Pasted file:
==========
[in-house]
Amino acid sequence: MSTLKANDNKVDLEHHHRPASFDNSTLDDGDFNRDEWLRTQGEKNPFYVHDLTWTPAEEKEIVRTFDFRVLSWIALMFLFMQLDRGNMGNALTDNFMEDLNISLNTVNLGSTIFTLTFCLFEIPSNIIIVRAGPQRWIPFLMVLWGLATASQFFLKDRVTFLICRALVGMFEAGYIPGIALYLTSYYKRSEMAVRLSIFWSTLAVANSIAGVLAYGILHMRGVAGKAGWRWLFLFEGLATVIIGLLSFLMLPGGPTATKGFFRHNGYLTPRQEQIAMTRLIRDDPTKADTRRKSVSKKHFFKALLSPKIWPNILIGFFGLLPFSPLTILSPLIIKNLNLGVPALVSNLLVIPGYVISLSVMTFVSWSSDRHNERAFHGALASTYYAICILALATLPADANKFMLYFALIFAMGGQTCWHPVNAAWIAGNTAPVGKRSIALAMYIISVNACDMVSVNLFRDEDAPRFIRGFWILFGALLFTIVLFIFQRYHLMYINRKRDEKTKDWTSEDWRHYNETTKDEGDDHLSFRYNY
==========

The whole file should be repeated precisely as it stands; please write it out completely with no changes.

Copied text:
[in-house]
Amino acid sequence: MSTLKANDNKVDLEHHHRPASFDNSTLDDGDFNRDEWLRTQGEKNPFYVHDLTWTPAEEKEIVRTFDFRVLSWIALMFLFMQLDRGNMGNALTDNFMEDLNISLNTVNLGSTIFTLTFCLFEIPSNIIIVRAGPQRWIPFLMVLWGLATASQFFLKDRVTFLICRALVGMFEAGYIPGIALYLTSYYKRSEMAVRLSIFWSTLAVANSIAGVLAYGILHMRGVAGKAGWRWLFLFEGLATVIIGLLSFLMLPGGPTATKGFFRHNGYLTPRQEQIAMTRLIRDDPTKADTRRKSVSKKHFFKALLSPKIWPNILIGFFGLLPFSPLTILSPLIIKNLNLGVPALVSNLLVIPGYVISLSVMTFVSWSSDRHNERAFHGALASTYYAICILALATLPADANKFMLYFALIFAMGGQTCWHPVNAAWIAGNTAPVGKRSIALAMYIISVNACDMVSVNLFRDEDAPRFIRGFWILFGALLFTIVLFIFQRYHLMYINRKRDEKTKDWTSEDWRHYNETTKDEGDDHLSFRYNY